I can't ever sleep peacefully after a game. Naturally, this dilemma worsens due to a loss or poor play. Lord forbid either of those scenarios occur, but my dreams turn into nightmares of ugly scoreboards and blown assignments. Those nights, I tend to toss and turn and wake up to a cold sweat that has accumulated into an arctic "Nate Lake." Winning should be a plausible remedy, but sadly this is not the case. My adrenaline overload kicks in and it seems to take more effort to try and close my eyes than to just keep them open. Also, I am such a perfectionist that I become my own worst critic and will only focus on missed blocks, blown assignments and ill-advised line calls even in the case of a gloriously victorious blowout. However, in the early hours of Sunday morning, around 2:57 a.m., shortly after touching down in God's Country, I stumbled into my room, was out before my head hit the pillow and slept like a baby.
There are certain happenings that inform me I have slept well. First of all, when I become conscious, I am clueless as to where I am or how I got there. This is further complicated by what I like to call having "sleep" in my eyes that must be cleared out before I can start figuring out what the heck is going on. After I comprehend my identity and whereabouts, I usually notice that a good percentage of my cheeks and beard are blanketed in drool and that my fine, wiry hair is standing straight up like something out of an electricity demonstration. Postgame sleep always results with waking up to limbs that are still unaware the brain has woken, swollen hands and fingers and a sensory inventory of battle scars picked up during the competition. Lastly, I try to remember what my dreams entailed, but when I woke up after this game, I realized that my dream occurred before I went to sleep.
The setting was beautiful Las Cruces, N.M. Mountains stretched for miles and they mesmerized me. On the bus ride from the hotel in El Paso to Aggie Memorial Stadium, I never took my eyes off of the majestic masses and they were so expansive that it seemed they didn't move the entire 45-mile trip. Aggie Memorial Stadium was a gem tucked into the already beautiful landscape and it was refreshing to play on such a well-kept natural grass field. For the first time in a long time, I was actually a bit nervous to play. It wasn't due to a lack of preparation or confidence, but rather the magnitude of the situation. New Mexico State was the first established FBS football team we had ever played and it was our Western Athletic Conference opener. I knew what it meant to my team, UTSA and the great city of San Antonio to be victorious and I didn't want to let them down. I always get butterflies before a game and they always disappear after the first popping of pads. This time was no different and, like always, the game turned into 100 yards and a pigskin.
We are 5-0. People may ask if they can believe that we are 5-0, but from someone on the inside, I can firmly say that you darn right I can. Everyone sees the glitz and glam that occurs on Saturdays, but they don't realize the grind it takes to get there. Let me shed some light on the subject.
My alarm is set for 5:25 a.m. and I have mandatory breakfast at six. I then head to Dub Farris Stadium for taping at 6:15 and meetings at 6:55. After meetings come an extensive practice and I usually leave the locker room around 10:15. Classes start at 11 and go until 2:30 p.m. Weight lifting begins at 3, followed by film an hour later. I usually have a night class as well that lasts about two hours. Between, during and after the aforementioned, we must find time to complete eight mandatory hours of study table a week, homework and eat. Players who are on scholarship and meal plan are encouraged to swipe in at the Roadrunner Café at least five times a day. Also, those who are not on scholarship usually must maintain a job in order to pay for tuition, room and board.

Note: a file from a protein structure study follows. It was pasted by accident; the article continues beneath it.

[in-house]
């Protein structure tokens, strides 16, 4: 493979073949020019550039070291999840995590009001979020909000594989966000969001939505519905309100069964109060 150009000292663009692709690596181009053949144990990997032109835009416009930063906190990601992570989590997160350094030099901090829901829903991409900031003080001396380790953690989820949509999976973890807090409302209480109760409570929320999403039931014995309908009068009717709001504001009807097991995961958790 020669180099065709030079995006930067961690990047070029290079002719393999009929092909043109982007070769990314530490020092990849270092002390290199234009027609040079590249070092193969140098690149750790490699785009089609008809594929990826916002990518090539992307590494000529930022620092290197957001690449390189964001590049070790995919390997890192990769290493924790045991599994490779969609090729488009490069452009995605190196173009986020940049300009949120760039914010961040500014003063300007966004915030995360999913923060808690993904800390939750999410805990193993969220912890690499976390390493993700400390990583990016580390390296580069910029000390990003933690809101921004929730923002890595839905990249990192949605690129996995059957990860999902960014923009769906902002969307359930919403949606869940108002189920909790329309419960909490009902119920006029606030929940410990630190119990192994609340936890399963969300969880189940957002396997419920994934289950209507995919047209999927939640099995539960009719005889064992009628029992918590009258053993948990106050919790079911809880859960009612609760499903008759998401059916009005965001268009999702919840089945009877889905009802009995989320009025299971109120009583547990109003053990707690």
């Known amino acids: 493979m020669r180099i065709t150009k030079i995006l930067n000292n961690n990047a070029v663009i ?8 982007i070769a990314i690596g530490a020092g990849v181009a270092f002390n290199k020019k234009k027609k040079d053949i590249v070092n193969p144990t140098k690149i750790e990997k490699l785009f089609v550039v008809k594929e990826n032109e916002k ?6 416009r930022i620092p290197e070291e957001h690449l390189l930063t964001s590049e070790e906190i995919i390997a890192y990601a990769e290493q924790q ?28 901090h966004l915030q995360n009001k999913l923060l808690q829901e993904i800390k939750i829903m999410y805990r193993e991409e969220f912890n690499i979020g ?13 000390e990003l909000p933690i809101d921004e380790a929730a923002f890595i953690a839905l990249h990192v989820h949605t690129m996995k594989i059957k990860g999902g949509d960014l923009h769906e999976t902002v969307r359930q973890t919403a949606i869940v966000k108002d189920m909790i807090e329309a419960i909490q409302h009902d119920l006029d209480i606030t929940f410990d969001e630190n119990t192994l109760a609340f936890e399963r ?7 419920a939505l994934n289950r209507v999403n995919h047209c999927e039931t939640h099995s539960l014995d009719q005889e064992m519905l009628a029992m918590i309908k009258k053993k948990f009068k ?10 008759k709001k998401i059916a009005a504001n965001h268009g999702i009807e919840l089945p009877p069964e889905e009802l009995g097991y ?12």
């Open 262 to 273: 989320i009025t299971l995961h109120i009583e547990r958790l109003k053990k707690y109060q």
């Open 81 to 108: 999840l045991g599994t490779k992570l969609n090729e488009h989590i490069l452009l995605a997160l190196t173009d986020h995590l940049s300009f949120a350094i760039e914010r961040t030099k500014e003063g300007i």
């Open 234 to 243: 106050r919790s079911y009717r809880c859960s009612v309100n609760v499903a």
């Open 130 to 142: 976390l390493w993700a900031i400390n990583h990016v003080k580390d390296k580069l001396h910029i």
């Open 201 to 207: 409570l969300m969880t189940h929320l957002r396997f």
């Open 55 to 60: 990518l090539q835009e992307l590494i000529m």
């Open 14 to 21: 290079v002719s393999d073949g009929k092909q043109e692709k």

Lather, rinse and repeat.
What I mentioned above is why many people don't play Division I football and why I cherish playing every minute of it. It's the grind that makes playing the game so enjoyable for me. I laugh when I refer to football as a game because, in reality, football is life and everyone who needs to know that does. I know one person who understood that more than just about anyone. My mother, Toni Lou.
Dad took mom to the hospital on Jan. 2, 2007. I was still on Christmas Break, so I was left home alone with Easy Mac, microwavable meals and a book report to do on The Alchemist. I couldn't focus on anything. I had to draw and color scenes from the book for imagery in my report and I remember coloring outside the lines on numerous occasions. Trust me, after taking six years of private art lessons, I never colored outside the lines. It seemed like forever until the front door opened, but what I saw won't leave my nightmares alone.
It was just dad at the door and he looked like he never had before. Standing 6-foot-3 and being a former offensive tackle for the TCU Horned Frogs, dad never looked weak until that moment. He looked at me with a blank stare and, for the first time in my life with him, he greeted me with silence. He then proceeded to walk to the master bedroom where I found him sitting on the edge of the bed. I stood in the doorway for what seemed to be an eternity and we just stared at each other until dad broke the silence. "It's bad, Nate. It's just plain bad."
We have a bye week and I know exactly how I'm going to spend my weekend. I'll be making the five-hour trip home to spend as much time as possible with the best person I know. My rock, my inspiration, my hero. The man who was there for my rock bottom and the man I share my dream with every day. Dad, I can't wait to see you this weekend.